Dispensing with this idea as being “research backed” comes from an attempt at replicating the famous study, which found that the results were significantly less than initially reported, and that they all but disappeared when you accounted for family background, early cognitive ability, and home environment.
It also turns out that there were other factors that could affect how a kid performed on the test, such as how much they trusted the experimenter.
So no, you don’t need to worry if your kid eats the marshmallow.
This is a big one, and one that I used to buy into whole-heartedly. The idea is simple and attractive: willpower is a resource, like muscular energy, and the more you “use up” your willpower, the less you’ll have for other tasks.
It’s part of why you’ll hear people say they always wear the same clothes, or pre-set their meals, or try to avoid as many decisions as possible. They don’t want to use up their “decision making units.”
To be clear: there are benefits to removing decisions from your life. It’s easier to overcome your biases, you save time, and it helps with habit formation.
But you don’t save willpower, and you may actually lose it. Meta-analyses of the ego depletion model for willpower have shown that there’s actually a very small effect, and that our beliefs about willpower may be more of the problem than an actual resource model.
Later meta analyses provided some evidence in support of the resource model, but they’re repeatedly continually countered by new analyses showing that the resource model doesn’t hold up.
As an individual, this should be reassuring. Having to make decisions or exert willpower isn’t a zero-sum game. You can keep control throughout the day, and you shouldn’t make excuses to break your rules just because you worked out.
Stand in the super hero, arms akimbo pose, and you’ll pump up your testosterone and confidence before the big meeting, so the power posing advice goes.
This is one of the more popular, and oft-spread psychological myths, with Amy Cuddy’s speech on the topic being one of the most watched TED Talks of all time.
It’s tempting to believe, too. If you stand in one of those poses and look in the mirror you feel something happen psychologically, but that doesn’t mean the research holds up.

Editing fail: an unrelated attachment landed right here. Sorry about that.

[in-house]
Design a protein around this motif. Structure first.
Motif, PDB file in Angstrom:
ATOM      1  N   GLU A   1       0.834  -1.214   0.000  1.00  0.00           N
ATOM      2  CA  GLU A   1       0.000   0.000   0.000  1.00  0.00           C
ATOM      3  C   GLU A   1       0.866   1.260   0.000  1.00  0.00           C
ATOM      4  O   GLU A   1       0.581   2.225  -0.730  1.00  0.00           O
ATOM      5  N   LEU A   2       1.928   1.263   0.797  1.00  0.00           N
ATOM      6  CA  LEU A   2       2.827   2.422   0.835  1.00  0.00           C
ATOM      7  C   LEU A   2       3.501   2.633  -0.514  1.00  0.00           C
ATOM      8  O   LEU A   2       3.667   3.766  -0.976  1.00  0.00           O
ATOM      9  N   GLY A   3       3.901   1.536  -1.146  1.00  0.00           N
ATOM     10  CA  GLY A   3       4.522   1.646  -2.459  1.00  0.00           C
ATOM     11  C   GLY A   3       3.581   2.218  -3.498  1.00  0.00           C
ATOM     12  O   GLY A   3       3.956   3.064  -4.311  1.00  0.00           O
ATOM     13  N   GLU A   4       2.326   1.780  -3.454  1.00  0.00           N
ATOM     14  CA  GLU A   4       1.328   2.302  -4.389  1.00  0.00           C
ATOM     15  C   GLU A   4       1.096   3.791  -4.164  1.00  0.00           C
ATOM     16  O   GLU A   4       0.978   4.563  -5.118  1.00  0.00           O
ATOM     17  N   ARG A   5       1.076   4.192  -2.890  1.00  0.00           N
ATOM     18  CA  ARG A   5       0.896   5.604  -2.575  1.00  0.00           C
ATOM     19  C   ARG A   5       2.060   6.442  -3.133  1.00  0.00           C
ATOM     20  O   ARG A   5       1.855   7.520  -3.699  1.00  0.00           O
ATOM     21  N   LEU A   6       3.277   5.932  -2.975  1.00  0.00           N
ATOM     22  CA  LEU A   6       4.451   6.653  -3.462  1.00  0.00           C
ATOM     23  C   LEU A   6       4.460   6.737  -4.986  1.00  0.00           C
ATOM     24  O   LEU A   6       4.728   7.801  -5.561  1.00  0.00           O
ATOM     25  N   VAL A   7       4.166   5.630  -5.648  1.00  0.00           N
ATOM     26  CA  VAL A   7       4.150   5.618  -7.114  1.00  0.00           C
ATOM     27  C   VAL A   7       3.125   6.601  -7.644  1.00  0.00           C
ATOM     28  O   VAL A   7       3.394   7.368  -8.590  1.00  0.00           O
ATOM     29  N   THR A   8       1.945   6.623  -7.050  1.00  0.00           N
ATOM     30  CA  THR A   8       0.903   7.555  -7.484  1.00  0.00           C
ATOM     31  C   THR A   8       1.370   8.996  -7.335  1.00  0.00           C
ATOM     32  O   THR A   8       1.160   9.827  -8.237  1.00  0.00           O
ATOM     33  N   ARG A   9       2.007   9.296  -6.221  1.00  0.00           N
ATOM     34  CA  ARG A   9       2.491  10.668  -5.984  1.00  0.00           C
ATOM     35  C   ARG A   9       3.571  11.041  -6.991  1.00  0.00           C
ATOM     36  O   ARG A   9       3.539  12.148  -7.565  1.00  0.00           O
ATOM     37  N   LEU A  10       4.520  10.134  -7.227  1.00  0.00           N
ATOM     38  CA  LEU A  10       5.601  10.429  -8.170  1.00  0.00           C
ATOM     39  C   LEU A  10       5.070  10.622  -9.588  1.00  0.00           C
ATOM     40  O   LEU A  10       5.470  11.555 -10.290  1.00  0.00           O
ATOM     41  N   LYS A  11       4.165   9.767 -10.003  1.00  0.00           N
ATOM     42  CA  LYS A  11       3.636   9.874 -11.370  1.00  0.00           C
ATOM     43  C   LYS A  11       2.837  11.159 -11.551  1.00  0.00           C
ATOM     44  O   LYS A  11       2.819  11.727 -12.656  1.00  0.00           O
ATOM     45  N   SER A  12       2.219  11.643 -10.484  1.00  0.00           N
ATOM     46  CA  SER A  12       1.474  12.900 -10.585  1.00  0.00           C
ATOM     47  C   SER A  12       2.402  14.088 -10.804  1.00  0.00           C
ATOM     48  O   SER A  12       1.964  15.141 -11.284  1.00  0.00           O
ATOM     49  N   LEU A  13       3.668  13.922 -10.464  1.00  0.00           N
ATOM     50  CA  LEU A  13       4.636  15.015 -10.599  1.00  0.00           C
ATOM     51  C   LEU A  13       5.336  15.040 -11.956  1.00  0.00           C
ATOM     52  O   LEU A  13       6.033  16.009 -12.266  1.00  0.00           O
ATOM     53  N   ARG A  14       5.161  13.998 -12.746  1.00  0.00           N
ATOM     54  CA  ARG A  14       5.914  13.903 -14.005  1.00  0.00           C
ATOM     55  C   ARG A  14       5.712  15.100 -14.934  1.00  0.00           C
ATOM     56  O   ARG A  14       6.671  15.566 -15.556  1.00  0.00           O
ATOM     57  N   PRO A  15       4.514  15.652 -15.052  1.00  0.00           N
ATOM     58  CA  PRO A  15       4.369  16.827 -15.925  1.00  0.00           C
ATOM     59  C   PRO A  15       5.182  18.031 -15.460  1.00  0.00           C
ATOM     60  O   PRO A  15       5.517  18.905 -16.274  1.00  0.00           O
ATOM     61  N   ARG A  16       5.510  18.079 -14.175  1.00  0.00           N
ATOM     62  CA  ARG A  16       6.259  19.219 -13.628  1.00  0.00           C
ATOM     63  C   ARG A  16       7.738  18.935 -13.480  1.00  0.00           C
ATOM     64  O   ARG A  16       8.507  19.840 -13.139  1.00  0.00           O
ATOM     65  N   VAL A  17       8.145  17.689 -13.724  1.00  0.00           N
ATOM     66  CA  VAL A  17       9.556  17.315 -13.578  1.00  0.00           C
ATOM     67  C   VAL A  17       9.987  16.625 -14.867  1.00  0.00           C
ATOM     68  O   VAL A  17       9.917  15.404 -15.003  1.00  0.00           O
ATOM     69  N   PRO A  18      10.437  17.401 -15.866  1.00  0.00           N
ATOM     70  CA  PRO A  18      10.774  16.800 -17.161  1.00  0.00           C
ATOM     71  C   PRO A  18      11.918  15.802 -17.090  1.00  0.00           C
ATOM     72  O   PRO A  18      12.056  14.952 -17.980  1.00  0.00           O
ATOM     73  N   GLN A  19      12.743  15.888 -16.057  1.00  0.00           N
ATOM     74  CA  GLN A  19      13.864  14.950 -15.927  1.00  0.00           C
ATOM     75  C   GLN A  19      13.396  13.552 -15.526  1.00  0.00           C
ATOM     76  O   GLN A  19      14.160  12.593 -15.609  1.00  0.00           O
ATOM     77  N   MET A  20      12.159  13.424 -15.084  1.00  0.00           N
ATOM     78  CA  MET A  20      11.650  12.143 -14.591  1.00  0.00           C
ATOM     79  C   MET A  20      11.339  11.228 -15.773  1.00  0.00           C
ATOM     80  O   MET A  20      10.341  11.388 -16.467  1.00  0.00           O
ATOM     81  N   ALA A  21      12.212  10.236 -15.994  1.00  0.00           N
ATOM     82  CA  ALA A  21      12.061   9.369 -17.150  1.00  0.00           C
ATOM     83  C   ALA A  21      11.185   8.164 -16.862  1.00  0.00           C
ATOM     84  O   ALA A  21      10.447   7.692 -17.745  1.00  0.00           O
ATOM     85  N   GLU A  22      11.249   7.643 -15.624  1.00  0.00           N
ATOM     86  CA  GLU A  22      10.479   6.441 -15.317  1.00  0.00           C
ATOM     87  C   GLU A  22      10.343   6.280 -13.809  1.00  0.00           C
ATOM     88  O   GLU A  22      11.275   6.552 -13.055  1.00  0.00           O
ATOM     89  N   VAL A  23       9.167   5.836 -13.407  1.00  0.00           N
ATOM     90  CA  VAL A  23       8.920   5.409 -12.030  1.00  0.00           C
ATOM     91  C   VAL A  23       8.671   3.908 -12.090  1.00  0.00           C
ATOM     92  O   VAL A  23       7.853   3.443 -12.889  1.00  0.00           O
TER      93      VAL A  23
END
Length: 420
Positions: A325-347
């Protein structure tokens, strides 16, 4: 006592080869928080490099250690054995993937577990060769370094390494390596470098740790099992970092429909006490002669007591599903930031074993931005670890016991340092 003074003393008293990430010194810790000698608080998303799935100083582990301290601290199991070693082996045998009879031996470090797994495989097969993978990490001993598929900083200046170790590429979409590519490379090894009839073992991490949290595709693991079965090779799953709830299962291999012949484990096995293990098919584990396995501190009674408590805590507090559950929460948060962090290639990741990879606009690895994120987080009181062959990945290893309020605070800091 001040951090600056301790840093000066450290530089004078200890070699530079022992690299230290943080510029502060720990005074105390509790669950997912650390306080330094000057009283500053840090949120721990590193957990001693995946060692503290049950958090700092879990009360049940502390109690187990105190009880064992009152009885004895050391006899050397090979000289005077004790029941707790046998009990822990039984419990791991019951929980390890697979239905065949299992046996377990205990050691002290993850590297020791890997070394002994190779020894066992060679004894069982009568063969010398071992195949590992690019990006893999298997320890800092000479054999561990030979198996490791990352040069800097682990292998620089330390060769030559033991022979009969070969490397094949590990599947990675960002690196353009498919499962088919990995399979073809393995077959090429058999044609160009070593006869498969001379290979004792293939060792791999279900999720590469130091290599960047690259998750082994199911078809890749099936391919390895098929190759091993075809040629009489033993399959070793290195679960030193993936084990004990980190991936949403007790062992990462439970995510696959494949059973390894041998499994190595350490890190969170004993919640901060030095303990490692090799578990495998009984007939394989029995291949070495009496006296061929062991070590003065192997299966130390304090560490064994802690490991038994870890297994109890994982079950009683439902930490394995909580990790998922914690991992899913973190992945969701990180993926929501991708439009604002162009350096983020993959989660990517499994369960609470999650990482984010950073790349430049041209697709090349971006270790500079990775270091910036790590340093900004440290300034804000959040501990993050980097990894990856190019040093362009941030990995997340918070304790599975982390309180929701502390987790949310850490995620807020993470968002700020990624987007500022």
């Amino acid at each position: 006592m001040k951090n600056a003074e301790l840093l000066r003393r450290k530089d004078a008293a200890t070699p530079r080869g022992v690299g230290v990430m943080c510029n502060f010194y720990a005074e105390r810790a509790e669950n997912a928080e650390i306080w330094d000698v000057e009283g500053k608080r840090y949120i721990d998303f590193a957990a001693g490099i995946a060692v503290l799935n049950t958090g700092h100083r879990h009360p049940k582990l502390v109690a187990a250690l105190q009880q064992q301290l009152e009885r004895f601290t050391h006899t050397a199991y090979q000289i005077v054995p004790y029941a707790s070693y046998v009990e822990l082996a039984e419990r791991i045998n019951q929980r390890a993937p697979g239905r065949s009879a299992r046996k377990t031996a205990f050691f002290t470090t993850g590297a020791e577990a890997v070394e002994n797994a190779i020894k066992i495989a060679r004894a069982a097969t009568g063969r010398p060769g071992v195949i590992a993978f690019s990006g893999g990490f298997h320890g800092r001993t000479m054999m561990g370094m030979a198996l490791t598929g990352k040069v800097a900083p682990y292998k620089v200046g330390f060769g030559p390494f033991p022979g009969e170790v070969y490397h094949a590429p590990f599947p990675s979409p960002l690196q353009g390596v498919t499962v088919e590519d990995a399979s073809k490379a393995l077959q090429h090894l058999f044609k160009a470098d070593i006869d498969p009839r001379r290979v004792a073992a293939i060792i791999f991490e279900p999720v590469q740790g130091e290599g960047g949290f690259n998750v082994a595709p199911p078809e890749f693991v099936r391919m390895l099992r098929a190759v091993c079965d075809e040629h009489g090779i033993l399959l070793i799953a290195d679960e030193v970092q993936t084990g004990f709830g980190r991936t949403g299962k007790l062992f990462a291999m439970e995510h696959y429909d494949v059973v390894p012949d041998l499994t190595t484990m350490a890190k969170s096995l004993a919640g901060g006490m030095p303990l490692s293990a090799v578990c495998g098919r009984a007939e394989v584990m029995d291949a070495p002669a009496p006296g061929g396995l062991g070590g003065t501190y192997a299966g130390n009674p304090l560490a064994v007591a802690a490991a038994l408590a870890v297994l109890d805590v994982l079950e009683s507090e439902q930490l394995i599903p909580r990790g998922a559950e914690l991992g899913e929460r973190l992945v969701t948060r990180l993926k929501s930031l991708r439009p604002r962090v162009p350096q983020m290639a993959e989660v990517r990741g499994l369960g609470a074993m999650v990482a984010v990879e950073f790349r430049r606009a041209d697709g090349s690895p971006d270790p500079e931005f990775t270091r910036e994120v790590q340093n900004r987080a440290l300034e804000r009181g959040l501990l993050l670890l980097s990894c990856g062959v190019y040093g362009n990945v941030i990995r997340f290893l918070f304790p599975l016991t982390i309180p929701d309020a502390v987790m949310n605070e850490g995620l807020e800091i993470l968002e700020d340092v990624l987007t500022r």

The main issue with the power posing research is the claim that it has a meaningful effect on hormones and risk tolerance. The original research suggested that if you do a power pose before a big meeting, or presentation, it can have an effect on your hormones, pumping up your testosterone and making you a more confident risk taker.
That claim has repeatedly failed replication, and seems to have been a fluke in the original study. Cuddy’s original study only had 42 participants, which opened it up to a lot of statistical error. Larger studies, like the one linked above, used 200+ participants, and saw no meaningful change in hormones or risk taking.
After some arguments back and forth about their data, another team of researchers did a meta p-value analysis on the existing literature and found no meaningful evidence for the claimed benefits of power posing.
So maybe you feel special doing your superhero pose in the mirror, but there’s no science to support the benefits.
Fake it till you make it: emotional edition. This research suggested that while being happy makes you smile, you can also force yourself to smile to make yourself feel happy.
If you try it, it feels like it’s working. You’ll notice that you feel a little happier when you fake a smile. So how could this research be wrong?
The original study in 1988 suggested that people who forced themselves to smile while looking at a cartoon found the cartoon funnier. That research was taken as gospel and the idea of “smiling to make yourself happier” spread like wildfire through psychology and decision science classes around the world.
But when a number of labs tried to replicate the study in 2016, it didn’t hold up. 9 labs found a similar effect but at a much lower magnitude, and 8 labs found no effect at all, which when they combined the data came out to no significant observed effect.
You can see just how overblown the original study was by the results in the more recent study:
The original Strack et al. (1988) study reported a rating difference of 0.82 units on a 10-point Likert scale. Our meta-analysis revealed a rating difference of 0.03 units with a 95% confidence interval ranging from −0.11 to 0.16.
Stick your tongue out at a newborn, or smile at them, and they learn to mimic the expression.
It’s a popular concept in most developmental psychology textbooks, and many parents will report seeing their newborns engage in this kind of behavior.
So if studies found that newborns could imitate facial expressions, and parents report seeing it too, how could this one be wrong?
First, the parental data are far from rigorous. If you stick your tongue out at your baby a dozen times and they return the gesture once, you’ll mentally latch onto the one time they mimic the gesture and ignore all the times they don’t (selection bias).
As for the study, it was tested in 2016 and what they found was that while they were able to get the same results by imitating the methodology of the original study, those methods weren’t rigorous enough, and when they introduced additional controls, the results disappeared.
The infants were just as likely to offer the gestures in responses to control expressions as they were to test expressions, suggesting no in-born imitation model. Sorry parents.
The idea of this one is attractive: if you’re put in a situation like being a prison guard, or Nazi soldier, some deeper animalistic part of you takes over and you’re not responsible for your actions.